Textiles is one of the world’s most polluting industries – from the start of the process to the end, fashion, especially fast fashion, can leave an environmentally dubious trail.
The resource-heavy sector used over 98 million barrels of oil in 2015 and that number is set to rise to 300 million by 2050 if the industry sticks to business as usual and the global population continues to grow as predicted. The treatment and dyeing of textiles also contributes to 20% of global industrial water pollution. The UN has stated that by 2050, the equivalent of almost three planets could be required to provide the natural resources needed to sustain current lifestyles, if the global population rises to 9.6 billion. While this statement refers to general consumption, not just fashion, it does illustrate the strain we are putting our planet under with our current level of over-consumption. In Parliament's report on fast fashion, many of the witnesses criticised the industry for promoting over-consumption and called fast fashion a 'monstrous disposable industry.'
It has been well documented in the media, and in the film The True Cost, that the manufacturing of fast fashion has a high environmental cost as well as a high social cost. However, the environmental impact of our clothing does not stop once a garment has been made. On average, the lifetime of a garment in the UK is estimated to be 2.2 years. In that time an item of clothing will be worn and washed several times. 63% of clothing is now made from plastic derived manmade materials, such as polyester and acrylic. Every time you wash a garment that is made from plastic, thousands of invisible microplastic fibres are released. It is estimated that over 700,000 microplastic fibres are released in a typical 6kg wash. These microplastics then make their way into our waterways and, ultimately, into the ocean.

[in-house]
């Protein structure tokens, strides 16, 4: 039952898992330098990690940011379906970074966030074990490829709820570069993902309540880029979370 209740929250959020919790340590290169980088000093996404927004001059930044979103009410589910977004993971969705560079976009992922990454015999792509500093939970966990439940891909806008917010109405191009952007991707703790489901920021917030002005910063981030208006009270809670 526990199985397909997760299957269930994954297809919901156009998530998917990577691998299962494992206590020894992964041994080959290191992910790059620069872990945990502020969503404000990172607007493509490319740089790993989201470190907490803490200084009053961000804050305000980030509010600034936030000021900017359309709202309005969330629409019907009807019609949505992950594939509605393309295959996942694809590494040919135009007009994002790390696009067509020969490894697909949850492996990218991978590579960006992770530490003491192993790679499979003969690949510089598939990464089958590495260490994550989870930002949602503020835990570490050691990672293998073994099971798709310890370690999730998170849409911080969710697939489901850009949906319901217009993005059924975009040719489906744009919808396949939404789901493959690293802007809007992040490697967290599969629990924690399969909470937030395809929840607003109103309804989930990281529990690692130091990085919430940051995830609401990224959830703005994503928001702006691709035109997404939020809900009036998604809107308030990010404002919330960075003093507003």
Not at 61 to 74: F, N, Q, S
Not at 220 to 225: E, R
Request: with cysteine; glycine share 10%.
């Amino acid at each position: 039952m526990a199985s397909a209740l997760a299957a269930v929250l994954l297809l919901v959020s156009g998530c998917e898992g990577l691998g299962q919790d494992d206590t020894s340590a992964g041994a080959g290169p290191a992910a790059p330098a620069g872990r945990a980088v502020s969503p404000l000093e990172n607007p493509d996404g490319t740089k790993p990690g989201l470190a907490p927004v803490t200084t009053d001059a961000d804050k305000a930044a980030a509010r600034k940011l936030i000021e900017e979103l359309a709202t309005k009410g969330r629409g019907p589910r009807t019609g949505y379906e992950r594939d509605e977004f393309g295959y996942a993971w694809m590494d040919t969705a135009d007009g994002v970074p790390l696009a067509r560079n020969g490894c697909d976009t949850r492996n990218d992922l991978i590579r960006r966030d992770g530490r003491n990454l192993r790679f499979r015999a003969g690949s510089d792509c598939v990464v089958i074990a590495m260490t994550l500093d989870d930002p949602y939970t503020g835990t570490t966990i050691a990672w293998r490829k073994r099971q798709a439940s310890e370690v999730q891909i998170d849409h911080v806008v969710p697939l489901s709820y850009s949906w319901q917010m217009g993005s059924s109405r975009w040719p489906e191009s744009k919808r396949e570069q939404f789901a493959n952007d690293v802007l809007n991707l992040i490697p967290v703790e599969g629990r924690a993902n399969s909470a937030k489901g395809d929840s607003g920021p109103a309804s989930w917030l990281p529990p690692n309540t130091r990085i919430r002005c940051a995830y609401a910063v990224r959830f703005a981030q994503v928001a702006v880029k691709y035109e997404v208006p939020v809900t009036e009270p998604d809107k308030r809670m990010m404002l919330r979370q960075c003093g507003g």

Once a fast fashion garment has come to the end of its life, it may end up in landfill. According to UK WRAP, an estimated £140 million worth of wearable clothing goes into landfill each year and as many garments are made of mixed materials, they usually cannot be recycled. The charity has also reported that the annual environmental footprint of a household's newly bought clothes, along with washing and cleaning, is estimated to be the equivalent of driving 6,000 miles in the average modern car and taking 1,000 baths.
The issues surrounding fast fashion are wide-ranging and complex and sustainability needs to be at the heart of the industry. The latest edition of the Pulse of The Fashion Industry stated that:
"By 2030, fashion brands will be able to see an increase in EBIT margin of 1 to 2 percentage points – if they invest in sustainability. “
Making fashion sustainable is crucial to both the health of the planet and the industry. By using sustainable natural materials such as wool, cotton and linen, clothing will not only last longer but also not pollute the environment once it has come to the end of its life, as all these materials decompose safely. Using a closed-looped system, as championed by the Ellen Macarthur foundation, will also help to improve the environmental footprint of the industry.
If you want to do your bit to help the environment, here are our top tips to be a sustainable fashion consumer :
At Celtic, we have been crafting sustainable clothing for almost 30 years. We only make clothing that is crafted from natural materials, such as wool, sheepskin, cotton and linen and we only have two seasons a year. Shop our latest collection today.